In a world that is constantly changing and where new technology is continually emerging, universities are re-thinking their role in innovation and societal improvements. On Tues., March 22, experts from around the world came together at Okinawa Institute of Science and Technology Graduate University (OIST) to discuss and share ideas about how universities can increase innovation and provide economic growth in their region.
“Universities have a responsibility to create new knowledge and to do so in a way that benefits humanity,” OIST president, Jonathan Dorfan said.
In four sessions, 16 speakers explored ways to spark, measure, and promote innovation in the university setting followed by panel discussions. The symposium began with two keynote speakers, who are representatives of national innovation systems in Japan and the United States: Dr. Rita Colwell, former director of the National Science Foundation and Dr. Yuko Harayama from the Council for Science, Technology & Innovation Policy, Japan Cabinet Office.
As innovation is seen as an engine for technological advancements and growth, Colwell acknowledged the resistance to new things as a hurdle in bringing new products and technologies to market. She noted that innovators need to get through large marketing barriers in order to have their creations embraced. She also stressed the importance of providing students a full education that promotes creativity by integrating literature, social science, and history together with science.
“Innovation is just another word for creativity,” Colwell said. “If we do not educate the next generation to think and innovate, we are starving the next generation.”
Harayama said that society should be at the center of innovation. She also stressed that proactive coordination, dialogue, and collaboration of government, university, and industry were integral in meeting a changing world. In order to do this, she recognized the importance of the university and the role of relationships.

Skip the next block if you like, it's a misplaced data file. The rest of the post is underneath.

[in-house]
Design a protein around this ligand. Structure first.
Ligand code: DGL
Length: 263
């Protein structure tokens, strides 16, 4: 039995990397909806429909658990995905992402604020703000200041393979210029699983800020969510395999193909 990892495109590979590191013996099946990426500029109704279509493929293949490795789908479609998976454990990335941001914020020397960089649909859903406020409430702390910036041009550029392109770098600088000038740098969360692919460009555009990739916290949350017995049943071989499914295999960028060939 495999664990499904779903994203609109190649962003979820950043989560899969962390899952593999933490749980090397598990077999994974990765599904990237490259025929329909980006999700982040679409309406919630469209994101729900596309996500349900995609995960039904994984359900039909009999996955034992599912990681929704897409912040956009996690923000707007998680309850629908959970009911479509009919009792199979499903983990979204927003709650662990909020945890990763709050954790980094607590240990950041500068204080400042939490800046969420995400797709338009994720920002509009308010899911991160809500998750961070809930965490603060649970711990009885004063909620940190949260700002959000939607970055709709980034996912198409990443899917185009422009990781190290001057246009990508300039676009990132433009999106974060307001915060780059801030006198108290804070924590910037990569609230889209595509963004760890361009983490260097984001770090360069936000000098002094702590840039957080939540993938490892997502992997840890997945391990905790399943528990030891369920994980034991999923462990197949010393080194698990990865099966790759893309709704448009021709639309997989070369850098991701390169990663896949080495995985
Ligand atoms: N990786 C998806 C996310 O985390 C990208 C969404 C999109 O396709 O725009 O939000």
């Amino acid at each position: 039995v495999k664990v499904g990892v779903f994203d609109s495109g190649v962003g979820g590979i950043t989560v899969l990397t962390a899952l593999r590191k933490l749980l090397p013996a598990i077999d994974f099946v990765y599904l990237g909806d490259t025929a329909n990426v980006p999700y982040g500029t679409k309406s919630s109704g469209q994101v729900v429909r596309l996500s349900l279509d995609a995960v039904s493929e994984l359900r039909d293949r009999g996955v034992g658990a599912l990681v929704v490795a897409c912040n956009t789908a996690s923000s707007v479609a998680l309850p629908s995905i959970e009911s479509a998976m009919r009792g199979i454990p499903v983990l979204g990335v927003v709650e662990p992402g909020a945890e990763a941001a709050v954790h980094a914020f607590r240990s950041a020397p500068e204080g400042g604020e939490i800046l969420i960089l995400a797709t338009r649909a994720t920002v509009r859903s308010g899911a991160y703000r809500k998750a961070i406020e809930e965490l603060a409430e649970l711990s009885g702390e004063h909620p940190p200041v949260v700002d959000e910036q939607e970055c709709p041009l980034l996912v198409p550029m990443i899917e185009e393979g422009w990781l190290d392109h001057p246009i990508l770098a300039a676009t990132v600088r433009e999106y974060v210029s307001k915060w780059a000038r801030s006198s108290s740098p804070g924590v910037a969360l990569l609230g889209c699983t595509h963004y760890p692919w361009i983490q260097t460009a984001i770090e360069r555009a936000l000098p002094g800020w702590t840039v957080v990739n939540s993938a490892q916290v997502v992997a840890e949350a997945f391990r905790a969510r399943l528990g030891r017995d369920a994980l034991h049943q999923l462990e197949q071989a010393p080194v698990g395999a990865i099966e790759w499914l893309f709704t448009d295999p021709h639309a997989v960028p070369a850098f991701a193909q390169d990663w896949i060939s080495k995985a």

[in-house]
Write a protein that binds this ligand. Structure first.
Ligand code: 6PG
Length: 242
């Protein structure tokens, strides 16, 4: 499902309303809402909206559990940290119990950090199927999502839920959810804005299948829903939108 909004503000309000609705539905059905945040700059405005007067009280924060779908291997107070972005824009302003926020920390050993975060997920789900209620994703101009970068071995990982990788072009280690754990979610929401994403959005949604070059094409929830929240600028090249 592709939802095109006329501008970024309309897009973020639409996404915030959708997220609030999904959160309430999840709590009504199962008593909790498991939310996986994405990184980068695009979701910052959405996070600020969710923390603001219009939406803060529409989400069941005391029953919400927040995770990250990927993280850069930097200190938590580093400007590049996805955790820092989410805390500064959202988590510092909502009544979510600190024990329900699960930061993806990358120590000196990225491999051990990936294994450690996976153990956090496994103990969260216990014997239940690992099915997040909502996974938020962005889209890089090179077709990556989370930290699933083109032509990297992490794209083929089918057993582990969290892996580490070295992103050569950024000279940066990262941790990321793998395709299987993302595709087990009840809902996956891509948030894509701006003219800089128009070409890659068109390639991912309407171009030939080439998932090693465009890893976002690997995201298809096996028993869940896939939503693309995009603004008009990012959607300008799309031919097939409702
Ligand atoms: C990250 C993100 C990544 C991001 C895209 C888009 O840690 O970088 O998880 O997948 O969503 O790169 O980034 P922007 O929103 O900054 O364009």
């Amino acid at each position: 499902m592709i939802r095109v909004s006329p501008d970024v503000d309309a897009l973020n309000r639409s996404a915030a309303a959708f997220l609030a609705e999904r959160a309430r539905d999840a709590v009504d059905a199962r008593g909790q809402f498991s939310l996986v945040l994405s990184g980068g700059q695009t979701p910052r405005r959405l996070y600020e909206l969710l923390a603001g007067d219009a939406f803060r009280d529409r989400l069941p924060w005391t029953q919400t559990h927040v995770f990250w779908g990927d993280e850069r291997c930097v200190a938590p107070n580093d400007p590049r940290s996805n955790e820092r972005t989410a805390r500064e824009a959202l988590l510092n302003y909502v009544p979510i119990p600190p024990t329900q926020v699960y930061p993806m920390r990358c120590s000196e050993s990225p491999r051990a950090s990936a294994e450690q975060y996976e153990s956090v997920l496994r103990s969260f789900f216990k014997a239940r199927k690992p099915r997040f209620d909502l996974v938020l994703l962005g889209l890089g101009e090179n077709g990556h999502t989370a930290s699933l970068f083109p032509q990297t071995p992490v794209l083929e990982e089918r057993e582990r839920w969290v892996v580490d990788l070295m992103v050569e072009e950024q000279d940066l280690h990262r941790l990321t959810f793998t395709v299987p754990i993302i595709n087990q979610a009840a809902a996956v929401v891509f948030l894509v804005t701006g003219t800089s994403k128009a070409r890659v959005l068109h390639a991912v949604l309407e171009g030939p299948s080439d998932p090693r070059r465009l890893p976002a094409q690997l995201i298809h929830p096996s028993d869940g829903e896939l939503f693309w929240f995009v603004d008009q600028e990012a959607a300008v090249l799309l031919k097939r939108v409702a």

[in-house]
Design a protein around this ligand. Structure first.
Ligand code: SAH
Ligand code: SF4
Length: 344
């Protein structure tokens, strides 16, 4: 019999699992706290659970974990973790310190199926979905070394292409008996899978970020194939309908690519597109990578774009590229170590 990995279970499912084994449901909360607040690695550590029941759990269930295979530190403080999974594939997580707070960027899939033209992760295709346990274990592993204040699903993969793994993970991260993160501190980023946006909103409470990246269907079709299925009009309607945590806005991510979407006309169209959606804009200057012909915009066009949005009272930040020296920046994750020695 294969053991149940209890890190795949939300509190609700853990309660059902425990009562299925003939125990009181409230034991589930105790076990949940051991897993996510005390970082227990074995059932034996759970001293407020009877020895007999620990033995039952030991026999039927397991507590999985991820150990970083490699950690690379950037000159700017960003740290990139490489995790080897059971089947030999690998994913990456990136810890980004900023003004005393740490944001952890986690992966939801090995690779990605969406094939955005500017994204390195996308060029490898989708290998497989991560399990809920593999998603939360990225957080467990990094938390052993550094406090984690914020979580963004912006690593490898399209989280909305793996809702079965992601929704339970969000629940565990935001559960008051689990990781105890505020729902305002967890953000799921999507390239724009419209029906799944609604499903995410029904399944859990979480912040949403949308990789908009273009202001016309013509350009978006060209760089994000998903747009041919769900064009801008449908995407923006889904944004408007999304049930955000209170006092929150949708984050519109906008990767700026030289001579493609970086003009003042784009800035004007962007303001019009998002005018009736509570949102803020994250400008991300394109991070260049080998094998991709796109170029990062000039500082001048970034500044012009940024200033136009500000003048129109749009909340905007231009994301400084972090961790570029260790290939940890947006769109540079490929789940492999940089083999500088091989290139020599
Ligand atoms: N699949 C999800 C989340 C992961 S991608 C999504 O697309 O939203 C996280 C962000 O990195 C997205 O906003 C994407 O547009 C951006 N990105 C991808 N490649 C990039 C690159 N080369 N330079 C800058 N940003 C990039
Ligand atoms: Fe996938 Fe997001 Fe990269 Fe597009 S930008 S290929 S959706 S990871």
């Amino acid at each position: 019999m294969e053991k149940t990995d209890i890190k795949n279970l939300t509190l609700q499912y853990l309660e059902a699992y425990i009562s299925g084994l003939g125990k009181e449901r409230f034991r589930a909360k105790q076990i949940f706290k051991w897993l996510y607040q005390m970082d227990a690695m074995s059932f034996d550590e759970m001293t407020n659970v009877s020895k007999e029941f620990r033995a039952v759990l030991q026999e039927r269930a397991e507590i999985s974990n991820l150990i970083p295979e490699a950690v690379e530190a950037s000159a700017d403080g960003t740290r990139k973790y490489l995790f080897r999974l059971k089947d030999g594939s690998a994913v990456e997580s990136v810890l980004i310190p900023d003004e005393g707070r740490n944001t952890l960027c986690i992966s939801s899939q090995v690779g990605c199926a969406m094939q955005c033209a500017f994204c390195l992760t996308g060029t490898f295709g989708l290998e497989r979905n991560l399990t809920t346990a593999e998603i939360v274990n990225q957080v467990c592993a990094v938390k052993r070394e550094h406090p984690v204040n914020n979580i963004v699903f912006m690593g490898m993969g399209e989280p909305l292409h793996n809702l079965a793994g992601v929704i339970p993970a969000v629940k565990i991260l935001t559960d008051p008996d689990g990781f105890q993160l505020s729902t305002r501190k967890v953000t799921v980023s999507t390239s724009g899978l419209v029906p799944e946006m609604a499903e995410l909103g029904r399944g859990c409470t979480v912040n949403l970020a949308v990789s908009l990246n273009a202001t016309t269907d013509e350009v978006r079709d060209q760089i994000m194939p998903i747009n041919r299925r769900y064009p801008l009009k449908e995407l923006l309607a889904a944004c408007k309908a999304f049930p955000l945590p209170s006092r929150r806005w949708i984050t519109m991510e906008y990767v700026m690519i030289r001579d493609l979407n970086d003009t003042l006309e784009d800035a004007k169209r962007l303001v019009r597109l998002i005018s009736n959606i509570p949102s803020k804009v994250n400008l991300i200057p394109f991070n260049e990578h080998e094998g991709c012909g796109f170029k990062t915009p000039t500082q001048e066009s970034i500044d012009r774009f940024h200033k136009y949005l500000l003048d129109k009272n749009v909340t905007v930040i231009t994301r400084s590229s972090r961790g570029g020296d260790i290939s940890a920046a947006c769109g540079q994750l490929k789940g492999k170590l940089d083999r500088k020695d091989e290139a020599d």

“The role of the university is to train, empower, and connect people,” Harayama said. “The key is people. We need different layers of people, not just scientists, to collaborate.”
Following the keynotes were sessions that discussed innovation mechanisms, measurements, and stakeholders. The speakers in the mechanism session all talked about the importance of relationships in different capacities, whether with researchers, potential customers, or future innovators. They all cited relationships as integral to transferring technologies to society, with an understanding of societal or customer needs.
The measurements session spoke to the problem of trying to measure university innovation success. Since there is currently no standard in doing this, each speaker pulled from their experience and cultural background. Two speakers said that the number and success of startup companies could be important indicators and that entrepreneurship should be heavily encouraged and supported.
The final session was about innovation stakeholders and creating balance and relationships between industry, government, university, and funding sources. The speakers urged for more collaboration between these different areas.
The theme of people, their relationships, and capacity for collaboration in order to accelerate innovation was clear throughout the symposium. Also, the need to share information about promoting innovation to a larger audience was encouraged.
“We really do need to bring the university and industry together,” Dr. Richard Dasher of Stanford University and event moderator said. “It is important to continue the dialogue and recognize the need for different plans based on different places.”